Since Friday September 4,2015 – ignoring those Fridays when I was traveling – it has been the order of the day to write some form of Mythical Picks. Not today. This is the weekend of the Pro Bowl and I would just as soon wager on turtle racing as compared to the Pro Bowl. I will not watch the game for any longer than the time it might take to go grazing through the channels while it is on. Moreover, I seriously think that anyone who bets on the outcome of the Pro Bowl is someone who needs to find treatment for a gambling addiction.
There will be Mythical Picks next Friday before the Super Bowl game and there will be wagers galore made on that game all over the country and the world. In fact, there is an estimate out there from the AGA that the total amount of money that will be bet in the US alone on the Super Bowl this year will be $4.2B. The American Gaming Association (AGA) is a trade association to promote gaming and to lobby for legislation and regulations that favor gaming. I say that to acknowledge that the AGA could have a motive behind any of its pronouncements.
Nonetheless, their $4.2B estimate of the wagering on Super Bowl 50 comes with some other numbers.
The amount of money this year wagered legally will be in line with the amount of money wagered legally last year on the Super Bowl. That number will be on the order of $115M.
The amount of money that will be wagered “extra-legally” will be about $4.1B.
More than 95% of the money estimated to be “on the line” for this year’s Super Bowl will be done illegally.
Here is a statement from the CEO of the AGA:
“Just like football, sports betting has never been more popular than it is today. The casino gaming industry is leading the conversation around a new approach to sports betting that enhances consumer protections, strengthens the integrity of games and recognizes fans’ desire for greater engagement with sports.”
That is the politically correct way of saying that the AGA would love to have Federal legislation that would make more of that “illegal action” come their way in a Federally sanctioned way. I am a consistent proponent of legalizing and regulating sports betting; I do not try to hide that. I think the AGA has two significant points here that they will probably not make because it would be politically incorrect to do so.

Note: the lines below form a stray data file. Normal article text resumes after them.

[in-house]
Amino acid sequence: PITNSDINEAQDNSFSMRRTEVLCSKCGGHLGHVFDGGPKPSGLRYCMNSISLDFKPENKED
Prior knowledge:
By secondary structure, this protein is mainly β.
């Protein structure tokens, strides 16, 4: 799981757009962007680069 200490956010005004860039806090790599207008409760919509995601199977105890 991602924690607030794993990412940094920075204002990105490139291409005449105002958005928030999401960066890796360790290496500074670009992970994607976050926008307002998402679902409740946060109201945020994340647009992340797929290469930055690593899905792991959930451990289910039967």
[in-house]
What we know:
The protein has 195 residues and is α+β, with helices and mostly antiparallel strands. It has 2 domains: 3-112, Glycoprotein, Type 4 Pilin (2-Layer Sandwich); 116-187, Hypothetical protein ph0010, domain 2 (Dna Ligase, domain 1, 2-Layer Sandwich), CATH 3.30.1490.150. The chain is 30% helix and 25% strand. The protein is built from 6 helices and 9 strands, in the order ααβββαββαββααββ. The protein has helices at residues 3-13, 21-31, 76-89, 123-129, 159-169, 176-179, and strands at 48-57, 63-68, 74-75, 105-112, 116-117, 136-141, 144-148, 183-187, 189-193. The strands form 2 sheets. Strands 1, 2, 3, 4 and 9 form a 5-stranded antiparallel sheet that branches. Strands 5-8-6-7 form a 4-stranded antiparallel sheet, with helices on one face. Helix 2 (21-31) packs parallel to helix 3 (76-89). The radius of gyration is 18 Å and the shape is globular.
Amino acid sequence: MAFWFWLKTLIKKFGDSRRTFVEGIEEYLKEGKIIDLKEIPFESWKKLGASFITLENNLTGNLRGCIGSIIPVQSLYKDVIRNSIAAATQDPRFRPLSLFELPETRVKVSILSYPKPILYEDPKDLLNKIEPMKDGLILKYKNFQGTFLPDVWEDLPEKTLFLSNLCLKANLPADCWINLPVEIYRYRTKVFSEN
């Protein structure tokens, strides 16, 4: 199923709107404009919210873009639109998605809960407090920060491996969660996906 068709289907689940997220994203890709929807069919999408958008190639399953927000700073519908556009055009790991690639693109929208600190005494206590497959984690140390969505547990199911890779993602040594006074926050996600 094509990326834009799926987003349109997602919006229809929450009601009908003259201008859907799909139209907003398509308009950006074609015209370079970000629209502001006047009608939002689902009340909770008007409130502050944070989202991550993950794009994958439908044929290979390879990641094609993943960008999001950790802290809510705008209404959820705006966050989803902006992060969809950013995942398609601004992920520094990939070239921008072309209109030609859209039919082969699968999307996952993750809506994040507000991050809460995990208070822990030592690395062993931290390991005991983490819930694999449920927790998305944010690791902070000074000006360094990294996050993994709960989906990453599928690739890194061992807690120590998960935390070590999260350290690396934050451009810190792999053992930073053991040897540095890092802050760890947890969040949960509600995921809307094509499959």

First, the laws on the books to forbid sports betting are a sham. If their estimate of $4.1B being wagered “illegally” is even close to correct, then you have only two conclusions to draw:
Either it is too easy to skirt the laws on the books – or –
The law enforcers are not competent enough to enforce those laws.
I suspect most folks would choose the first of these alternatives over the second.
Second, if $4.1B is on the line, there is a lot of potentially taxable revenue involved there which is slipping through the taxable income filters in times when most government entities could use some extra revenues.
For more information about how the AGA came up with these estimates, here is a link.
Whenever legalized sports betting comes up, the people who put on the games raise the bugaboo of game-fixing and point-shaving. They never seem to address the possibility that those things are ongoing under their noses currently in the absence of legalized sports betting. I do not want to get too deep into epistemology here but when they climb onto their high horses this is what I wish someone would press them on:
Do you know that “the integrity of the game” as it stands today is absolute because if it is not absolute than it is not “integrity”?
When they hem and haw about that and try to tell you that the integrity of the game is beyond reproach, then ask them how they know that to be the case?
Brad Dickson of the Omaha World-Herald had this comment relative to recent suggestions and investigations of match-fixing in the world of tennis:
“There are allegations of match-fixing in professional tennis. The new Wimbledon executive director, Vince McMahon, vehemently denied the charges.”
I cite that observation here for two reasons. First I think it is very clever. Second, “vehement denials” with regard to the existence of match-fixing/point-shaving are not evidence that it is not ongoing.
Finally, let me close here with one more observation from Brad Dickson:
“Fifteen-year-old Romanian basketball sensation Robert Bobroczky stands 7-foot-6 and weighs 184 pounds. He was unable to turn pro after he blew away the night before the draft.”
But don’t get me wrong, I love sports………